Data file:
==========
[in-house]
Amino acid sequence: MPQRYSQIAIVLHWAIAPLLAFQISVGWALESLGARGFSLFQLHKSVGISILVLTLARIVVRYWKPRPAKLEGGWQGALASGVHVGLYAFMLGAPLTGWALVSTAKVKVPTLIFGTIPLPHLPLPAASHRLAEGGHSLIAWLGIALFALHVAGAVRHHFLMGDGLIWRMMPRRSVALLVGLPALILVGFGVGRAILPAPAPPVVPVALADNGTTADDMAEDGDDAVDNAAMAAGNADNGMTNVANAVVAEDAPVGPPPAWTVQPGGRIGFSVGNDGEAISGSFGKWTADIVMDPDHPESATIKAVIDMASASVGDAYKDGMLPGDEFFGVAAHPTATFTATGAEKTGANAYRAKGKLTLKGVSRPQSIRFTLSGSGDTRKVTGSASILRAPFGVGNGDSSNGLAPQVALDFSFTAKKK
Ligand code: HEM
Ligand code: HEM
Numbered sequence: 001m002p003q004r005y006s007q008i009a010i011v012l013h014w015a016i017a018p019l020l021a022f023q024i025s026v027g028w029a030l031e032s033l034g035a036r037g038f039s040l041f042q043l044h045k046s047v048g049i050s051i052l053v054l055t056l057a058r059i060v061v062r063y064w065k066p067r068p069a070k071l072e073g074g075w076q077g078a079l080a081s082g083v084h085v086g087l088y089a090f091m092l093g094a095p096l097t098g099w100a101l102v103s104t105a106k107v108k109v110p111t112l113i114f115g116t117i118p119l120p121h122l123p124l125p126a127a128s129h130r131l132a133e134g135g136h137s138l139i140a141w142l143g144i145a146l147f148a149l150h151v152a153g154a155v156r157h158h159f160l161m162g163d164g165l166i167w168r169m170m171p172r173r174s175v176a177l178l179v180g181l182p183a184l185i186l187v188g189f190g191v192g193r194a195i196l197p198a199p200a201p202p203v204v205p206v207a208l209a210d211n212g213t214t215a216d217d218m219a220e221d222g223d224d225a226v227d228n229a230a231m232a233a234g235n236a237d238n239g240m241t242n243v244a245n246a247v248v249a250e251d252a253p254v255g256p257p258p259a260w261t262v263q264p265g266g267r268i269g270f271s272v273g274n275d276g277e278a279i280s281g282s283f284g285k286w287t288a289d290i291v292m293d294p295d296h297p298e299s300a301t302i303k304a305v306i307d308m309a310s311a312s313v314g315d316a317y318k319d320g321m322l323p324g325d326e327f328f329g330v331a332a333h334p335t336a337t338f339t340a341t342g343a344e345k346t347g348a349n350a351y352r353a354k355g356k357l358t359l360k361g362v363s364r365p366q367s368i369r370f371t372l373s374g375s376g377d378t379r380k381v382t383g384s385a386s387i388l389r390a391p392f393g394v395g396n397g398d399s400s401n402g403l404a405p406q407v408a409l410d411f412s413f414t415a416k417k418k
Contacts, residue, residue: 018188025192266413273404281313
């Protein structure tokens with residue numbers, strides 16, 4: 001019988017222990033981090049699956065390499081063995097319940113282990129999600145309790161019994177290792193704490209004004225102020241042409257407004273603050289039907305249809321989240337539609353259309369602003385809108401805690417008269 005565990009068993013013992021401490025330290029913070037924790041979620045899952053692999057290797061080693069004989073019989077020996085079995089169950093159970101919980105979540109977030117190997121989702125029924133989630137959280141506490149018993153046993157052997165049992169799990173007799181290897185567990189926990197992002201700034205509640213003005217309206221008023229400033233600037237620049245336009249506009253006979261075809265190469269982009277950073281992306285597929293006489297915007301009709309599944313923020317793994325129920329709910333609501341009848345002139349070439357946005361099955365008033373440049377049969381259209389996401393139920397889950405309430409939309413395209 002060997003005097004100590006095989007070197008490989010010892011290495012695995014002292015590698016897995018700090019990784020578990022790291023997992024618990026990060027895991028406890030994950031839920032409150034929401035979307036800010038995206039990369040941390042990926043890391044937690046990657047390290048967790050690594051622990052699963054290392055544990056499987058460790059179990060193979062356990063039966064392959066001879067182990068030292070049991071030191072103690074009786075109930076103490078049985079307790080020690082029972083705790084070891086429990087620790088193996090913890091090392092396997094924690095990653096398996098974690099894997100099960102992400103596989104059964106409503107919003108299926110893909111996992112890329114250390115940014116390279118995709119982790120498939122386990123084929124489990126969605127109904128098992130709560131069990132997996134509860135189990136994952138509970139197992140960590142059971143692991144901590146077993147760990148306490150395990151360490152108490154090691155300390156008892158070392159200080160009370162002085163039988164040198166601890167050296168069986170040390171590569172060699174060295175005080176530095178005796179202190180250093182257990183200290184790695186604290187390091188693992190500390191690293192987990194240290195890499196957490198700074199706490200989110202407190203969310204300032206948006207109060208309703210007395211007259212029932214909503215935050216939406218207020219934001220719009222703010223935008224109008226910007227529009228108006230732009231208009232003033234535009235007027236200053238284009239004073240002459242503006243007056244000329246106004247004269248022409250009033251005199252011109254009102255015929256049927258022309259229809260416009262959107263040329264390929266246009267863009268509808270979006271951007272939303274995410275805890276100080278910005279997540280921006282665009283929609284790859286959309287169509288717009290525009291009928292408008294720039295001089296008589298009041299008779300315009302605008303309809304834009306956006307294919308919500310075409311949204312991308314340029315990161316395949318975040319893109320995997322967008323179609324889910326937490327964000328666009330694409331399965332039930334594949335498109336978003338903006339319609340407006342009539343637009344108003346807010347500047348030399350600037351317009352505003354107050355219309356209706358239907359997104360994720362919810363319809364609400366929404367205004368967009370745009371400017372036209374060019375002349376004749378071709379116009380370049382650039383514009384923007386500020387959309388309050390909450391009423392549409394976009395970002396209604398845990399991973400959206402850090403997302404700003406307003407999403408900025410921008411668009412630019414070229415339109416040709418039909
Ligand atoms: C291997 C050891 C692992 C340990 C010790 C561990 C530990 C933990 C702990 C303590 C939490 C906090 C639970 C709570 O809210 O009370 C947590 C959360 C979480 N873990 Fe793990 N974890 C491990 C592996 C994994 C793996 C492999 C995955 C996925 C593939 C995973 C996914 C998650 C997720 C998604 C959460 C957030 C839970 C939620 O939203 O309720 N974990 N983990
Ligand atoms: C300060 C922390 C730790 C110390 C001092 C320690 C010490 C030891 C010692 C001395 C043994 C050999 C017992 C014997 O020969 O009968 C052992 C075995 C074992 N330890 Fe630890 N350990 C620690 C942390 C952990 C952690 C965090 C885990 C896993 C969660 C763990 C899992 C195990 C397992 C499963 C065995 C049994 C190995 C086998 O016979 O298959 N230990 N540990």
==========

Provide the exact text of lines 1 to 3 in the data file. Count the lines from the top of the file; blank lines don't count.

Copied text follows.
[in-house]
Amino acid sequence: MPQRYSQIAIVLHWAIAPLLAFQISVGWALESLGARGFSLFQLHKSVGISILVLTLARIVVRYWKPRPAKLEGGWQGALASGVHVGLYAFMLGAPLTGWALVSTAKVKVPTLIFGTIPLPHLPLPAASHRLAEGGHSLIAWLGIALFALHVAGAVRHHFLMGDGLIWRMMPRRSVALLVGLPALILVGFGVGRAILPAPAPPVVPVALADNGTTADDMAEDGDDAVDNAAMAAGNADNGMTNVANAVVAEDAPVGPPPAWTVQPGGRIGFSVGNDGEAISGSFGKWTADIVMDPDHPESATIKAVIDMASASVGDAYKDGMLPGDEFFGVAAHPTATFTATGAEKTGANAYRAKGKLTLKGVSRPQSIRFTLSGSGDTRKVTGSASILRAPFGVGNGDSSNGLAPQVALDFSFTAKKK
Ligand code: HEM